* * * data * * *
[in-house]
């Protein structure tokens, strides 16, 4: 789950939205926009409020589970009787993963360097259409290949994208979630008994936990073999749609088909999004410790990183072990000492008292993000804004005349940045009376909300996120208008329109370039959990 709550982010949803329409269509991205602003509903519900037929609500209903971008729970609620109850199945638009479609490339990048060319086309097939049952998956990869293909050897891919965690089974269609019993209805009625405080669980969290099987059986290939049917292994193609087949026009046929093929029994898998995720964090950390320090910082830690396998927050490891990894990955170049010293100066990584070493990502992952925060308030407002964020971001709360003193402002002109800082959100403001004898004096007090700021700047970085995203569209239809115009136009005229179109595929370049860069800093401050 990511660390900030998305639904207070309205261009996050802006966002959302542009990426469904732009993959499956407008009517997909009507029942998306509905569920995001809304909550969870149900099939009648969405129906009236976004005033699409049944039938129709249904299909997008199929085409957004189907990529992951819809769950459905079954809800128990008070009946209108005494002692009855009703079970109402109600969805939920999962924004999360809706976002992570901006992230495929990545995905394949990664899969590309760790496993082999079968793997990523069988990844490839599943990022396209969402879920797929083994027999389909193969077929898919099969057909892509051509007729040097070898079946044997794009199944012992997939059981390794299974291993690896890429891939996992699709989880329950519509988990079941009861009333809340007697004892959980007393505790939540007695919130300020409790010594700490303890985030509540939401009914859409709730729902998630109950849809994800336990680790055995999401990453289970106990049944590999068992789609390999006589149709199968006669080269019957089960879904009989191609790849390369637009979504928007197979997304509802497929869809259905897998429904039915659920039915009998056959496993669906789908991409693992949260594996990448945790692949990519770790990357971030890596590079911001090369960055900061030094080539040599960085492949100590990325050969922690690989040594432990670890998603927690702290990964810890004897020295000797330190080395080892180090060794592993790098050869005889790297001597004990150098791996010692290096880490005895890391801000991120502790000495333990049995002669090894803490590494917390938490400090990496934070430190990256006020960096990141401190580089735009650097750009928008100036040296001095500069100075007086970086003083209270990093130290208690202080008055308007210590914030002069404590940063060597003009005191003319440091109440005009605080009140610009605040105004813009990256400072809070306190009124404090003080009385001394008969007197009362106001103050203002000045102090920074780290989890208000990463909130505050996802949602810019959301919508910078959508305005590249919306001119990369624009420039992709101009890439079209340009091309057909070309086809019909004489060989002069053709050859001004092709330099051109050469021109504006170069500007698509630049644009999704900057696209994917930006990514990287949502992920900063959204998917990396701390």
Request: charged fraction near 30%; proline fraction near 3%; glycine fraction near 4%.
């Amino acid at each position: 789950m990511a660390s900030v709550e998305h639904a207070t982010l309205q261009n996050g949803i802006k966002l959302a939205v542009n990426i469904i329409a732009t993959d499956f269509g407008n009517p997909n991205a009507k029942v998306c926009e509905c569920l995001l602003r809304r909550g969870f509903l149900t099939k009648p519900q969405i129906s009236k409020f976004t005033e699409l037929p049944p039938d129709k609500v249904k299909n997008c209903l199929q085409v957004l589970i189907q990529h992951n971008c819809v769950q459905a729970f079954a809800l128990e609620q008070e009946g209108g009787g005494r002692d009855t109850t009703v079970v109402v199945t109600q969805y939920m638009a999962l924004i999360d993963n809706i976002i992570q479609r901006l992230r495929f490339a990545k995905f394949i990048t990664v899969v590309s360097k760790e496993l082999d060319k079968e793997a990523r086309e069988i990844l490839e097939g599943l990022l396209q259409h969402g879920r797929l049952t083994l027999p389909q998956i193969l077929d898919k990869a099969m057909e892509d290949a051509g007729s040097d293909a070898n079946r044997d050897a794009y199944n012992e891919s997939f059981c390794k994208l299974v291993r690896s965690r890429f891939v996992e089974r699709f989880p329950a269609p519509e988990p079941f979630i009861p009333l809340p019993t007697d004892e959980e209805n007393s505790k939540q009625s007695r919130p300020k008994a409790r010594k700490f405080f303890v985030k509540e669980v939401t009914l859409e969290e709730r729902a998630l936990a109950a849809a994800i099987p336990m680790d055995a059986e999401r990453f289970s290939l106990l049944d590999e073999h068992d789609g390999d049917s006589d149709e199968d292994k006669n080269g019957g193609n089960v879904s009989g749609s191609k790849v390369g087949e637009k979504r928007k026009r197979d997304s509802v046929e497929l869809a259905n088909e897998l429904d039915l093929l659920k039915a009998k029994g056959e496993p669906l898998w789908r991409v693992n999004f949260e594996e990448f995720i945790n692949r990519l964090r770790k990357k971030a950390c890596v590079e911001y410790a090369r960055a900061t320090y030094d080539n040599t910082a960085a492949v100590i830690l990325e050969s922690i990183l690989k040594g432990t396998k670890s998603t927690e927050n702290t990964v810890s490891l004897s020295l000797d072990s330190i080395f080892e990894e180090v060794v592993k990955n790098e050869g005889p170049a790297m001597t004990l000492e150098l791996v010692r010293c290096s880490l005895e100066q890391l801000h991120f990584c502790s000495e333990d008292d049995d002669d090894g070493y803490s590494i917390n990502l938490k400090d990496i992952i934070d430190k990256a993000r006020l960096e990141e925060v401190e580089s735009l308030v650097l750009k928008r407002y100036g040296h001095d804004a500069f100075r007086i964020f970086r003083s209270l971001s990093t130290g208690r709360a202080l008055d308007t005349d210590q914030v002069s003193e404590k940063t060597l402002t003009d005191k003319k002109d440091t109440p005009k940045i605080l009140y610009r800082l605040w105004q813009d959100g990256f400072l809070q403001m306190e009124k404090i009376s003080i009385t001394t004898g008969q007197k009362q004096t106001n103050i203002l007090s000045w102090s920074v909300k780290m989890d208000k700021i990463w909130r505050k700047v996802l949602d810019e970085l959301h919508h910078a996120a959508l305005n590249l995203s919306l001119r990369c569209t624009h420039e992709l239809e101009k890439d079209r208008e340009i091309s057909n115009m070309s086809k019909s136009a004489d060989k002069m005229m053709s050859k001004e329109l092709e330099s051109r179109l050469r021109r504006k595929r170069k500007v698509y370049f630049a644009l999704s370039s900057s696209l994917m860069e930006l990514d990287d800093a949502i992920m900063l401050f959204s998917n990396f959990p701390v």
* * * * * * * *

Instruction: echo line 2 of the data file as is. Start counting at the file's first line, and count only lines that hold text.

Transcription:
């Protein structure tokens, strides 16, 4: 789950939205926009409020589970009787993963360097259409290949994208979630008994936990073999749609088909999004410790990183072990000492008292993000804004005349940045009376909300996120208008329109370039959990 709550982010949803329409269509991205602003509903519900037929609500209903971008729970609620109850199945638009479609490339990048060319086309097939049952998956990869293909050897891919965690089974269609019993209805009625405080669980969290099987059986290939049917292994193609087949026009046929093929029994898998995720964090950390320090910082830690396998927050490891990894990955170049010293100066990584070493990502992952925060308030407002964020971001709360003193402002002109800082959100403001004898004096007090700021700047970085995203569209239809115009136009005229179109595929370049860069800093401050 990511660390900030998305639904207070309205261009996050802006966002959302542009990426469904732009993959499956407008009517997909009507029942998306509905569920995001809304909550969870149900099939009648969405129906009236976004005033699409049944039938129709249904299909997008199929085409957004189907990529992951819809769950459905079954809800128990008070009946209108005494002692009855009703079970109402109600969805939920999962924004999360809706976002992570901006992230495929990545995905394949990664899969590309760790496993082999079968793997990523069988990844490839599943990022396209969402879920797929083994027999389909193969077929898919099969057909892509051509007729040097070898079946044997794009199944012992997939059981390794299974291993690896890429891939996992699709989880329950519509988990079941009861009333809340007697004892959980007393505790939540007695919130300020409790010594700490303890985030509540939401009914859409709730729902998630109950849809994800336990680790055995999401990453289970106990049944590999068992789609390999006589149709199968006669080269019957089960879904009989191609790849390369637009979504928007197979997304509802497929869809259905897998429904039915659920039915009998056959496993669906789908991409693992949260594996990448945790692949990519770790990357971030890596590079911001090369960055900061030094080539040599960085492949100590990325050969922690690989040594432990670890998603927690702290990964810890004897020295000797330190080395080892180090060794592993790098050869005889790297001597004990150098791996010692290096880490005895890391801000991120502790000495333990049995002669090894803490590494917390938490400090990496934070430190990256006020960096990141401190580089735009650097750009928008100036040296001095500069100075007086970086003083209270990093130290208690202080008055308007210590914030002069404590940063060597003009005191003319440091109440005009605080009140610009605040105004813009990256400072809070306190009124404090003080009385001394008969007197009362106001103050203002000045102090920074780290989890208000990463909130505050996802949602810019959301919508910078959508305005590249919306001119990369624009420039992709101009890439079209340009091309057909070309086809019909004489060989002069053709050859001004092709330099051109050469021109504006170069500007698509630049644009999704900057696209994917930006990514990287949502992920900063959204998917990396701390």